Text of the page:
Trump and Black Outreach
President Donald Trump recently launched his black-outreach operation — called Black Voices for Trump — in Atlanta. The objective, of course, is to move more African American voters to the Republican Party. There is good reason to believe Republicans can attract more than the 8% of the black vote they got in 2016.
The headline, logically, is the good economic news — a robust economy that has produced a historically low black unemployment rate.
However, religion is also a subject that should get more attention from Republicans.
A new survey from the Pew Research Center focusing on the role of religion in society shows an enormous disconnect between the religious attitudes and behavior of blacks and their political behavior.
Looking inside the Democratic Party, 66% of white Democrats say churches and religious organizations “have too much influence in politics,” compared with only 30% of black Democrats who have this opinion.
Thirty-seven percent of black Democrats say churches and religious organization “do not have enough influence in politics,” compared with 10% of white Democrats.
Forty percent of black Democrats feel it is a “bad thing” that religion is “losing influence in society,” compared with 23% of white Democrats.
The 37% response by blacks that churches “do not have enough influence in politics” is identical to the response of Republicans.
In a Pew survey of last year, 75% of blacks, compared with 49% of whites, said religion is “very important.”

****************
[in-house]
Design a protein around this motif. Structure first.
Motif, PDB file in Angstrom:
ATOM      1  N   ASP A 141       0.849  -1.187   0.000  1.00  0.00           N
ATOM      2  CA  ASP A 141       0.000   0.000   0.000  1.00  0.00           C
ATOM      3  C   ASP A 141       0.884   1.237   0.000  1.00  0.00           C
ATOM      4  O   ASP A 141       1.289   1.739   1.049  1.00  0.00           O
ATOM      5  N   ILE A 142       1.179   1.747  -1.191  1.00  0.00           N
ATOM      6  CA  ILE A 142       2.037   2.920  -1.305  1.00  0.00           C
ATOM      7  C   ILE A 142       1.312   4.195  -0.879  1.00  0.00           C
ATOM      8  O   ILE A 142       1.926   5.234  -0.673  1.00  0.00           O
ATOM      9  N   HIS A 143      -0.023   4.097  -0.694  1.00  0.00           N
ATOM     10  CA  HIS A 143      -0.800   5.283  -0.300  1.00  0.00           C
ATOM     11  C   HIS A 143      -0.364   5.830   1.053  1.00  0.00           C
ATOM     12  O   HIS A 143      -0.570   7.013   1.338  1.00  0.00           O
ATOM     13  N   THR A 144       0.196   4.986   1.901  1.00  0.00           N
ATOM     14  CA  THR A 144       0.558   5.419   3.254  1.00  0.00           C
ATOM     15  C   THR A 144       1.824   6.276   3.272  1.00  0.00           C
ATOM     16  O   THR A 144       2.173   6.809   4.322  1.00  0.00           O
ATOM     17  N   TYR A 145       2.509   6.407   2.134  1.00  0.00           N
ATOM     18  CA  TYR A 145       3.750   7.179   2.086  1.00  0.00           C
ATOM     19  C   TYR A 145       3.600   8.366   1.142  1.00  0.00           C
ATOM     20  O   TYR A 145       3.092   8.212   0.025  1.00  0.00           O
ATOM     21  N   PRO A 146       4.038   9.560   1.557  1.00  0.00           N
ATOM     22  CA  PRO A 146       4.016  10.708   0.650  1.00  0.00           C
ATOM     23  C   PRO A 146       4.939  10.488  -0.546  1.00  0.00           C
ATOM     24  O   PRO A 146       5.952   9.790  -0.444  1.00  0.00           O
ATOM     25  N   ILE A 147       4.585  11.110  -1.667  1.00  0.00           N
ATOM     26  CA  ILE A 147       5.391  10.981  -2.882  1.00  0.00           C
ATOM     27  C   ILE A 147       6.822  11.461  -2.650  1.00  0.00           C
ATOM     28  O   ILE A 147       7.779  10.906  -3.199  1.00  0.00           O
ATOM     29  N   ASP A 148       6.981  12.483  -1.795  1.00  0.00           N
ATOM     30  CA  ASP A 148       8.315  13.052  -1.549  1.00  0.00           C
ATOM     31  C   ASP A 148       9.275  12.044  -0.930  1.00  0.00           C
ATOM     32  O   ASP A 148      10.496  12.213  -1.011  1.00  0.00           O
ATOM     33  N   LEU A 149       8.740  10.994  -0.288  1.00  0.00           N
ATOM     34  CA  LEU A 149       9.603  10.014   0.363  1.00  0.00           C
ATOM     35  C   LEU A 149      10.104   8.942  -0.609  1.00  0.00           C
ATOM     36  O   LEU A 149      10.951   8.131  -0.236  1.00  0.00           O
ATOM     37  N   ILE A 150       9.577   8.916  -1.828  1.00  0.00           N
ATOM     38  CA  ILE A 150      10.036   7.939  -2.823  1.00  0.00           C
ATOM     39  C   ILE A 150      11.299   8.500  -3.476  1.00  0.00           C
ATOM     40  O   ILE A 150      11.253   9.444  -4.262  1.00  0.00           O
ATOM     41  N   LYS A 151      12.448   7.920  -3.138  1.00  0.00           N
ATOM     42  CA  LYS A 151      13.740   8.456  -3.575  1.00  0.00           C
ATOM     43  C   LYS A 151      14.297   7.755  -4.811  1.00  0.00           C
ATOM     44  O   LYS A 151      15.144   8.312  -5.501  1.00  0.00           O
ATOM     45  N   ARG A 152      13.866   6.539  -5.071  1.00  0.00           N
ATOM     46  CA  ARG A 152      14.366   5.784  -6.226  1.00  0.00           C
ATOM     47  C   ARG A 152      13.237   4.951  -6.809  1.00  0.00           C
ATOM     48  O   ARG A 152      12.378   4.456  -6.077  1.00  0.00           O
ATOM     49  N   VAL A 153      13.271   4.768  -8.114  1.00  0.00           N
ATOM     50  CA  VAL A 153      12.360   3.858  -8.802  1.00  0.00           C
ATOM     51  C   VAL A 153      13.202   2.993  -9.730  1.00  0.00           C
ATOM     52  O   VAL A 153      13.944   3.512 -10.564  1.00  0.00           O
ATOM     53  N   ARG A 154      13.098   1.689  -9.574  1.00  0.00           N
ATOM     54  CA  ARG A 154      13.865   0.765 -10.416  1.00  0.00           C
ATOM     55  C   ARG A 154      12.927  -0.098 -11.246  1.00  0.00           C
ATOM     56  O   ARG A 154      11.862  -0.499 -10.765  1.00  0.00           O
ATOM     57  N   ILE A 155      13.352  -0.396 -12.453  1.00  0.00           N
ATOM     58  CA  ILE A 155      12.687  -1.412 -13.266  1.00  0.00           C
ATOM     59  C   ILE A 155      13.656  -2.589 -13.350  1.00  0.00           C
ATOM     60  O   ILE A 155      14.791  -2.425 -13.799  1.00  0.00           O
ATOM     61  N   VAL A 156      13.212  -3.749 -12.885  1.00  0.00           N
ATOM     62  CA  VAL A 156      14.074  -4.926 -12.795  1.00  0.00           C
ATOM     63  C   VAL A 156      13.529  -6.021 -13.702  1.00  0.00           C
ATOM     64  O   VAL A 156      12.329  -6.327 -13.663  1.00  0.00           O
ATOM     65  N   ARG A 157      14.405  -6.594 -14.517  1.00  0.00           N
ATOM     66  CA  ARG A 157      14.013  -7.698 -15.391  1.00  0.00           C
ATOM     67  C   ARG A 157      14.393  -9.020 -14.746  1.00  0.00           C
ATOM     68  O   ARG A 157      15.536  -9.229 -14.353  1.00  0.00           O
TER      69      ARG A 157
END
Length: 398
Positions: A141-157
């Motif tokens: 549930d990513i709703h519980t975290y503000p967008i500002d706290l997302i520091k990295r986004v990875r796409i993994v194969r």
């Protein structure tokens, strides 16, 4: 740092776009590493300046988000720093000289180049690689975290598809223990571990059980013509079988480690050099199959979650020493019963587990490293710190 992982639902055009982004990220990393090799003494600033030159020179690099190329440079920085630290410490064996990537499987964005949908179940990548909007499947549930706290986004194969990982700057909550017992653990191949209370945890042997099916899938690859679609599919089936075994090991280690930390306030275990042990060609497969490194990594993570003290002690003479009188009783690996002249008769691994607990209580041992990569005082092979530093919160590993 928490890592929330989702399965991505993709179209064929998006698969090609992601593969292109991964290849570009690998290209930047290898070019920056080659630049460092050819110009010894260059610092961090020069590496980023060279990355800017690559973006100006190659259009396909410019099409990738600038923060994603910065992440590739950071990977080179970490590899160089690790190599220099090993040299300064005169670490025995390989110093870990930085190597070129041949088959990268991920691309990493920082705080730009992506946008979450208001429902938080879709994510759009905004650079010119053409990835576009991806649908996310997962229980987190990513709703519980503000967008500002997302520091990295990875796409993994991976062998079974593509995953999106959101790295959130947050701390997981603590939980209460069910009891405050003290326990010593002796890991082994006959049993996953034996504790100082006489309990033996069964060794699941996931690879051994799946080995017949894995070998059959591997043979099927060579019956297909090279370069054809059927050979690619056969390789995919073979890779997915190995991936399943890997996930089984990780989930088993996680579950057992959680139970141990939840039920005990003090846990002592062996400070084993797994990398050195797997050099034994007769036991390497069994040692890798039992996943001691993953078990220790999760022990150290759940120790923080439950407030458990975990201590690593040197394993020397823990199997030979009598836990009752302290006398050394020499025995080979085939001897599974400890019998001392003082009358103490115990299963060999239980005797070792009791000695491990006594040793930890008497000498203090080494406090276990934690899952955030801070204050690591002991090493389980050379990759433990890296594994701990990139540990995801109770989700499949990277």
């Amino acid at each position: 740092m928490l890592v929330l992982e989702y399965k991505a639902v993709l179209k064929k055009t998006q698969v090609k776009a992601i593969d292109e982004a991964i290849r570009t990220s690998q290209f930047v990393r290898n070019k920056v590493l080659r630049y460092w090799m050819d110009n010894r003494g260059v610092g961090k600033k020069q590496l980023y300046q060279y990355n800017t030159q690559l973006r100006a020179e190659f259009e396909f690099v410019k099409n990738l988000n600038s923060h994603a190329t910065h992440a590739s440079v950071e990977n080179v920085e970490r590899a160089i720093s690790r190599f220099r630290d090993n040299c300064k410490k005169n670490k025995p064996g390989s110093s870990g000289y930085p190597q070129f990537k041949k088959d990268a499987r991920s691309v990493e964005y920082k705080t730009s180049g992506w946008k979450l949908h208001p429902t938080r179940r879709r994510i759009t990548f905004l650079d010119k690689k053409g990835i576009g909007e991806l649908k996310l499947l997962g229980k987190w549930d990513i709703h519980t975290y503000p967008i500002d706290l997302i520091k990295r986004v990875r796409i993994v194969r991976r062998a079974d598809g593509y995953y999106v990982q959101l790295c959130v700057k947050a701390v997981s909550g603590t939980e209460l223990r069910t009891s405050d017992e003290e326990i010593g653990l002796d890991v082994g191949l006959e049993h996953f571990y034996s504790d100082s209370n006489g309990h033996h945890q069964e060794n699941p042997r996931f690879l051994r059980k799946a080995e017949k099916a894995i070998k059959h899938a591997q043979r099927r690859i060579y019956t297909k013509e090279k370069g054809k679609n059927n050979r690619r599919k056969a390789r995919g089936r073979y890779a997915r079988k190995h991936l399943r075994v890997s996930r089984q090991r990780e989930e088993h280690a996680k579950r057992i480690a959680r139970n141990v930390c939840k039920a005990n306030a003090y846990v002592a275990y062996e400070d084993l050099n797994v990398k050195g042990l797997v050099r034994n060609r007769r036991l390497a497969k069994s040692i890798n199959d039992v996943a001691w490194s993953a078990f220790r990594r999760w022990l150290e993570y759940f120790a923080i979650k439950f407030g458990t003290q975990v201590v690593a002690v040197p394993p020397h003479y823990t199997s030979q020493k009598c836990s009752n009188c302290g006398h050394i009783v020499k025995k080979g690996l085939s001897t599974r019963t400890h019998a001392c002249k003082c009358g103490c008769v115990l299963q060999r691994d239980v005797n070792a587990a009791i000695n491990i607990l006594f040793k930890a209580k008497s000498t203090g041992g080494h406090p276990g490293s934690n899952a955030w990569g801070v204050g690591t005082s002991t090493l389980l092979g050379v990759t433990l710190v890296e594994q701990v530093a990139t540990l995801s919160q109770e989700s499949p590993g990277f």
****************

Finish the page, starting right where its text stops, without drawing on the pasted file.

Given that roughly 8 out of 10 blacks identify as Christian, according to Pew, how can we understand their disproportionate support for a Democratic Party that views the importance of religion so differently than they do?
The huge migration of black voters to the Democratic Party came with the civil rights movement. In 1964, Lyndon Johnson won 94% of the black vote, compared with John Kennedy, who got 68% in 1960.
Since 1964, 85 to 90% of the black vote has gone to the Democratic presidential candidate.
But the country and the Democratic Party have changed dramatically since 1964.
The civil rights movement was a religious, moral movement to end racial discrimination and achieve equal rights under the law.
The civil rights organization that Dr. Martin Luther King Jr. founded was called the Southern Christian Leadership Conference.
According to one historical account: “One of his (King’s) most trusted aids urged him to drop the word Christian from the new organization. It was argued that such an explicit religious reference would alienate Northern liberals, whose support would be crucial in the years ahead. King was adamant, however, and the word Christian remained.”
King’s famous “I Have a Dream” speech was less a political speech than a pastor’s sermon.
In 1964, less than 10% of babies born were born to unwed mothers, compared with more than 40% today. Seventy-five percent of American adults over 18 were married in 1964, compared with 50% today.
In 1973, the Roe v. Wade decision made legal abortion part of American cultural reality.
Religion and politics parted company, with the Democratic Party leading the way to the secularization of America.
The moral wasteland capturing America today disproportionately hurts poor communities, whether we are talking about what children hear in the broken public schools they are forced to attend or the impact of a prevailing culture of meaninglessness on the traditional family.
The conservative majority we now have in the Supreme Court — thanks to President Trump — may well find, during this term, the Blaine Amendments in the constitutions of 37 states to be unconstitutional. This major roadblock to parents using public funds to send their children to religious school will be gone. It would be an Emancipation Proclamation in education for black children.
The Democratic Party of today is no home for blacks. Republicans need to do the work to get to black voters the truth that they can find a home in the Republican Party.
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